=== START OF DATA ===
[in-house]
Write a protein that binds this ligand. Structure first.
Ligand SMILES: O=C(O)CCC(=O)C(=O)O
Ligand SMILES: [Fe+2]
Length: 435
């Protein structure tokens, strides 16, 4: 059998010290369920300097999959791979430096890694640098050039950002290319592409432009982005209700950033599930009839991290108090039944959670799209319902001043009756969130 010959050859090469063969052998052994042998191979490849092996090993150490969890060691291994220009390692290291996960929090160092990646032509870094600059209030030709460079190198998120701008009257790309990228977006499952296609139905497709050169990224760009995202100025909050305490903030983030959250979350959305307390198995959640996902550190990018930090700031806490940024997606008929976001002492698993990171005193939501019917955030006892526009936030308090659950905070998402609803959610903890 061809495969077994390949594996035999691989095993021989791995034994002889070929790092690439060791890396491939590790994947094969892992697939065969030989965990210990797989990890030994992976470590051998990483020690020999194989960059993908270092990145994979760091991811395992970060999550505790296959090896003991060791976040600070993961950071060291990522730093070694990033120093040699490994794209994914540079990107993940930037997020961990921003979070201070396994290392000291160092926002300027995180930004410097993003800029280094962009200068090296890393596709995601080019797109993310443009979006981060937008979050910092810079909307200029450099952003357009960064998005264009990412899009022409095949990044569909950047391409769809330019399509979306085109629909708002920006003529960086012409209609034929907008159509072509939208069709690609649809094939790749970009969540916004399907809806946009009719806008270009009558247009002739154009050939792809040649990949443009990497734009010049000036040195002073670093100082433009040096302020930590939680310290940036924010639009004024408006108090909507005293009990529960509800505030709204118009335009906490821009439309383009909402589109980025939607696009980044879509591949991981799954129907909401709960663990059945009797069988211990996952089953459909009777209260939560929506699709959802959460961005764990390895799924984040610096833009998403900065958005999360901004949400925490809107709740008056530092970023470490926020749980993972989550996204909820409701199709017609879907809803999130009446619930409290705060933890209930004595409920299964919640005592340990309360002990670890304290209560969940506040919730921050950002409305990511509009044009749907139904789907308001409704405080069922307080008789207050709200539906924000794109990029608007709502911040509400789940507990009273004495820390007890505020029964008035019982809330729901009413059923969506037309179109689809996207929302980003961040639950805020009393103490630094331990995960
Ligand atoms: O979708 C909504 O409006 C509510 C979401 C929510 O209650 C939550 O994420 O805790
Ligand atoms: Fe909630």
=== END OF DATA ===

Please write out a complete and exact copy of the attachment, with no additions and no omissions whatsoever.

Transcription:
[in-house]
Write a protein that binds this ligand. Structure first.
Ligand SMILES: O=C(O)CCC(=O)C(=O)O
Ligand SMILES: [Fe+2]
Length: 435
């Protein structure tokens, strides 16, 4: 059998010290369920300097999959791979430096890694640098050039950002290319592409432009982005209700950033599930009839991290108090039944959670799209319902001043009756969130 010959050859090469063969052998052994042998191979490849092996090993150490969890060691291994220009390692290291996960929090160092990646032509870094600059209030030709460079190198998120701008009257790309990228977006499952296609139905497709050169990224760009995202100025909050305490903030983030959250979350959305307390198995959640996902550190990018930090700031806490940024997606008929976001002492698993990171005193939501019917955030006892526009936030308090659950905070998402609803959610903890 061809495969077994390949594996035999691989095993021989791995034994002889070929790092690439060791890396491939590790994947094969892992697939065969030989965990210990797989990890030994992976470590051998990483020690020999194989960059993908270092990145994979760091991811395992970060999550505790296959090896003991060791976040600070993961950071060291990522730093070694990033120093040699490994794209994914540079990107993940930037997020961990921003979070201070396994290392000291160092926002300027995180930004410097993003800029280094962009200068090296890393596709995601080019797109993310443009979006981060937008979050910092810079909307200029450099952003357009960064998005264009990412899009022409095949990044569909950047391409769809330019399509979306085109629909708002920006003529960086012409209609034929907008159509072509939208069709690609649809094939790749970009969540916004399907809806946009009719806008270009009558247009002739154009050939792809040649990949443009990497734009010049000036040195002073670093100082433009040096302020930590939680310290940036924010639009004024408006108090909507005293009990529960509800505030709204118009335009906490821009439309383009909402589109980025939607696009980044879509591949991981799954129907909401709960663990059945009797069988211990996952089953459909009777209260939560929506699709959802959460961005764990390895799924984040610096833009998403900065958005999360901004949400925490809107709740008056530092970023470490926020749980993972989550996204909820409701199709017609879907809803999130009446619930409290705060933890209930004595409920299964919640005592340990309360002990670890304290209560969940506040919730921050950002409305990511509009044009749907139904789907308001409704405080069922307080008789207050709200539906924000794109990029608007709502911040509400789940507990009273004495820390007890505020029964008035019982809330729901009413059923969506037309179109689809996207929302980003961040639950805020009393103490630094331990995960
Ligand atoms: O979708 C909504 O409006 C509510 C979401 C929510 O209650 C939550 O994420 O805790
Ligand atoms: Fe909630």